In December 2021, Alitheia IDF, a women-focused private equity (PE) manager, announced the final close of its latest $100 million fund. The announcement was a huge moment for the Alitheia IDF team and their investors. Someone else who was sitting proudly on the sidelines was Ashford Nyatsumba, an expert in investment funds and fund formation, who acted as legal advisor for the team at Alitheia IDF.
Development finance institutions are active investors in the African PE space and many are tapping into this specific opportunity and trend. Apart from gender-lens investing, what other trends has Nyatsumba observed?
“We’re starting to come out of the two-year lull occasioned by Covid. After existing assets took a knock, deal flow dried up, and many traditional investors kept their powder dry, but it’s increasingly starting to feel like a new dawn,” he commented. “Some fund houses started establishing specialist recovery funds to drive up deal activity.”
Looking out to the wider African PE universe, complex cross-jurisdictional deals are becoming more common, and policies such as the African Continental Free Trade Area (AfCFTA) will only speed these up. This comes with challenges, though.
“Investors prefer jurisdictions where they know what to expect. That’s often tied to where English common law is exercised,” explained Nyatsumba who recently acted for a francophone Africa-based private equity manager.
“In francophone Africa, for example, you need your legal agreements in English and French, and that can create an additional administrative burden on managers and investors. In an attempt to harmonise the economic and business laws applicable in these regions, 16 francophone jurisdictions subscribe to the Organization for the Harmonization of Business Law in Africa (OHADA),” he clarified.
“This means that understanding the region, its nuances and how business is done under OHADA law is particularly important. A number of items from a legislative, policy and general business practice perspective needed to be considered in light of the region the fund was targeting. In this instance, as a number of the traditional investor audience are not typically invested in funds in the region, the manager had to educate investors on some of the nuances, especially around business and employment laws.”
As advisors to fund houses, Nyatsumba and his team at Webber Wentzel serve mostly South African clients, but their base is growing and the team has also served clients in Botswana, Kenya and Nigeria.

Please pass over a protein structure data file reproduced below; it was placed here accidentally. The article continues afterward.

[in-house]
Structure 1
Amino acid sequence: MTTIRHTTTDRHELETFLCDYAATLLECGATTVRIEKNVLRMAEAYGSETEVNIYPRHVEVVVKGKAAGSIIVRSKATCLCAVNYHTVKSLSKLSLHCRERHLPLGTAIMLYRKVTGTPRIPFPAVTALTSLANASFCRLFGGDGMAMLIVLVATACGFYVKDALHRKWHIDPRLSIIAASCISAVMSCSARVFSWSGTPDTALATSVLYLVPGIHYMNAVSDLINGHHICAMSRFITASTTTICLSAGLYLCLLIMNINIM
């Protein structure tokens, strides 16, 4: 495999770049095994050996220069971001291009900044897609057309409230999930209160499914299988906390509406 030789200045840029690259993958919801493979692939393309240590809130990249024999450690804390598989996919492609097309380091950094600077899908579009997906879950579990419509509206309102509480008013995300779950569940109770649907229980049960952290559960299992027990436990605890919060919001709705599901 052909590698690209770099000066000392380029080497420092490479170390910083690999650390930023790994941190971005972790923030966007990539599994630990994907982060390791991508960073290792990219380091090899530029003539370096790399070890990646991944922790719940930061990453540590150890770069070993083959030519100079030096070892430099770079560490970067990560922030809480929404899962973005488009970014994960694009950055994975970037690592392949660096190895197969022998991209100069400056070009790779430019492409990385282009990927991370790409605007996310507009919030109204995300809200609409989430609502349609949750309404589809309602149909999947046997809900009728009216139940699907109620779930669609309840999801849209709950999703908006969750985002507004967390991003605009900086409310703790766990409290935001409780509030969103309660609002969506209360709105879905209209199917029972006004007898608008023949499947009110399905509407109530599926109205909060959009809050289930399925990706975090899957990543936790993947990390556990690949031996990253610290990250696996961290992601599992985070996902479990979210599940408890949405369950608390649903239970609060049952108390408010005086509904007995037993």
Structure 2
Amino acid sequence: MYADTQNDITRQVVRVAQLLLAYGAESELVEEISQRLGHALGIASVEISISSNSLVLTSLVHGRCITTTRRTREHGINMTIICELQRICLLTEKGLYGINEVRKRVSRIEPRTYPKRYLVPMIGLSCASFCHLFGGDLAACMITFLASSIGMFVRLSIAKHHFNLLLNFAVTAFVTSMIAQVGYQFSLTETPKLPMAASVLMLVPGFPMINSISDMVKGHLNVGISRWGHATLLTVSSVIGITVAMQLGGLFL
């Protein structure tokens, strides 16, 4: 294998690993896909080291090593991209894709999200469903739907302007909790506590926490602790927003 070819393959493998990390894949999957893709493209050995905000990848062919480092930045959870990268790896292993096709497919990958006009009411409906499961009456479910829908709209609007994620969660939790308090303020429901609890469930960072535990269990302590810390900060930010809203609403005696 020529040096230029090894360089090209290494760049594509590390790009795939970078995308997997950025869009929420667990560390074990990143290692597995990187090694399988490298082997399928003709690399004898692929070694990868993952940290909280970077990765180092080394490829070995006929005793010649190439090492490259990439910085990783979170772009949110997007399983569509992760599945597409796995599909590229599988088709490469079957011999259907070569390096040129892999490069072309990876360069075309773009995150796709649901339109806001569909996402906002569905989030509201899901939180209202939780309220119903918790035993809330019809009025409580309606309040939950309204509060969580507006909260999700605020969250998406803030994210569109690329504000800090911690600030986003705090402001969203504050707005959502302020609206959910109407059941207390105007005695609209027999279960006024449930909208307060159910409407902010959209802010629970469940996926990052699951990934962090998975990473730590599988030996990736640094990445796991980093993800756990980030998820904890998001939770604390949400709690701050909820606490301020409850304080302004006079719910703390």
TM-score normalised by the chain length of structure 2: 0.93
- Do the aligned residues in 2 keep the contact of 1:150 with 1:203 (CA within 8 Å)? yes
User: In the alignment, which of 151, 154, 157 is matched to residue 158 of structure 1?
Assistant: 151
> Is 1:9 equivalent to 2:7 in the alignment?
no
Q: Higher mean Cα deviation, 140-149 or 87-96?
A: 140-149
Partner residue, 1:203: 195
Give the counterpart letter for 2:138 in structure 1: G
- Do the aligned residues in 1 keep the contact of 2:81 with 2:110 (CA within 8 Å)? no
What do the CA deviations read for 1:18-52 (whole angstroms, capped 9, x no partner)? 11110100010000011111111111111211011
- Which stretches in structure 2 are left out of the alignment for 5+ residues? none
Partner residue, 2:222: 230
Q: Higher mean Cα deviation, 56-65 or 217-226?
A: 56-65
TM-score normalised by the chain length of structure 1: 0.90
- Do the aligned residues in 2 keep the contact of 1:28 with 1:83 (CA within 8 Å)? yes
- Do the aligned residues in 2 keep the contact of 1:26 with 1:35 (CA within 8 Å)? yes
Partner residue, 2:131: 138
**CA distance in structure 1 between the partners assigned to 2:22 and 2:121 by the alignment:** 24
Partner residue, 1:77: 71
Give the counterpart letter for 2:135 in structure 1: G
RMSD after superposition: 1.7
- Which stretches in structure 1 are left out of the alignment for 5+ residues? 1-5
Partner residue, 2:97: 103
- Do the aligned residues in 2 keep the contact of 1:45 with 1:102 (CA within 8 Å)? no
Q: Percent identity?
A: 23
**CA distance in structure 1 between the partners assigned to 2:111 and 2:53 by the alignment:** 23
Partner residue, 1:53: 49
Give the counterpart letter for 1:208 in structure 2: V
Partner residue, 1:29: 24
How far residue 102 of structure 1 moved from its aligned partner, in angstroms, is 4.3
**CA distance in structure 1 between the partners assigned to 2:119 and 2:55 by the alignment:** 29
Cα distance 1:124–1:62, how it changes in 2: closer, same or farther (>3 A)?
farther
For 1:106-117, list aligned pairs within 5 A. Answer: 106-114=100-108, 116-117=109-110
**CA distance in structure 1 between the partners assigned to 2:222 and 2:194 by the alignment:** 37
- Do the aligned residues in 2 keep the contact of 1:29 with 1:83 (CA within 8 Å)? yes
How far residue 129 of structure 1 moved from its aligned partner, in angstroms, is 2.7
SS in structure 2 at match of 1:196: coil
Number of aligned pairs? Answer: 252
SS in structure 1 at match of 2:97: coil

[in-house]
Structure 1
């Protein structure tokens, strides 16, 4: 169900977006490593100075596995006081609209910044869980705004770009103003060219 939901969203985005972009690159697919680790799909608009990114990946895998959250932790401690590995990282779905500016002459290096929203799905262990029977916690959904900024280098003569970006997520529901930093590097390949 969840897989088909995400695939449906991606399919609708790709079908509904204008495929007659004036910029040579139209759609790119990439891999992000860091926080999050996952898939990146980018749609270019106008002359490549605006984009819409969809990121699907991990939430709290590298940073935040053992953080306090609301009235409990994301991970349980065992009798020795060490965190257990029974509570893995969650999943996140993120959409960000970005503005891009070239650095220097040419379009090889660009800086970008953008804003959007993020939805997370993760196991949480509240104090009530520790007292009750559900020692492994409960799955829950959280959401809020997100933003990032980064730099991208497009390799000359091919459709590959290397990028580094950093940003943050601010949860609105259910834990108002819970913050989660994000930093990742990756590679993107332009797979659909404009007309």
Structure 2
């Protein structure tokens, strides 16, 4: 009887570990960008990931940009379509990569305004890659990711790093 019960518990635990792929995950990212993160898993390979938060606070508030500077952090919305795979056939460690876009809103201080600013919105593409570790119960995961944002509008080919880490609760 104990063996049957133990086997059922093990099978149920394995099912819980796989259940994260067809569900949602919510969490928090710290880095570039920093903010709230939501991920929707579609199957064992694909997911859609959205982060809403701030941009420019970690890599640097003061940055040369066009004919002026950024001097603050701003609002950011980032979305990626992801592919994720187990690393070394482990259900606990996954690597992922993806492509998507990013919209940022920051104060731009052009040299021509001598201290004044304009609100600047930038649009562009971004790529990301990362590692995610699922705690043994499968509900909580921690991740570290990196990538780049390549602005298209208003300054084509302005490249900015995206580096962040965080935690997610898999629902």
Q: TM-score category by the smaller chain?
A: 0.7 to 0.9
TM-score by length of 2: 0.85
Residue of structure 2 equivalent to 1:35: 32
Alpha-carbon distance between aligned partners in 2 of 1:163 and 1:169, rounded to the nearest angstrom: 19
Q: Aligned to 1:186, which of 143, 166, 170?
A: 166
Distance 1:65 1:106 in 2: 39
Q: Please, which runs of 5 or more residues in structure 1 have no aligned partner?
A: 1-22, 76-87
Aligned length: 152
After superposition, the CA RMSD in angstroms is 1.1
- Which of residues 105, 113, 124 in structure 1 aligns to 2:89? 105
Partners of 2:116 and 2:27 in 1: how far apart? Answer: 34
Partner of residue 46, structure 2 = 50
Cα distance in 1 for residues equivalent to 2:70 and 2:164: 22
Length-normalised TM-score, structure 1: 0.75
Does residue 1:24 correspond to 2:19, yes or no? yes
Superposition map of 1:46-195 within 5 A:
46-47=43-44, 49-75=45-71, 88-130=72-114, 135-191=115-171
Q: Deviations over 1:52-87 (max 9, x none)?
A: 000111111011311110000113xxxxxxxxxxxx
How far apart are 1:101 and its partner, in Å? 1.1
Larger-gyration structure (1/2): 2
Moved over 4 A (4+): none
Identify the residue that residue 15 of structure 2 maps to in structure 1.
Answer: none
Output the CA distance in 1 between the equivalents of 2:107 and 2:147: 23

For Nyatsumba, client success isn’t just about being technically solid, it’s also about understanding the market. “Given our on-the-ground Africa experience, we know how to drive the matter, whether it’s fund formation, fundraising or deployment of capital.”
However, there are some potential problems African fund managers need to be aware of when raising capital.
“Successful funds may have a broad mix of investors; they’ll each have their own particular commercial interests and this may result in differences in approach to capital calls, reporting requirements and manager removal rights amongst other issues,” he warned.
“In addition, for an investor to have confidence when they complete their due diligence checks on you, you very often need to have an office and one or two credible principals with a solid track record and in-country knowledge. However, these are pre-fundraising costs and will have to be borne by the manager,” he added.
Looking to the future of capital raising, the role of African pension funds is often brought up. In 2020, the Nigerian pension industry committed ₦35.48 billion (over $92 million) to PE funds.
“African pension funds’ understanding of the PE universe will grow with time. Managers need to be educating them. Right now, we also need to be telling and celebrating the success stories – African PE managers have a good story to tell,” Nyatsumba concluded.
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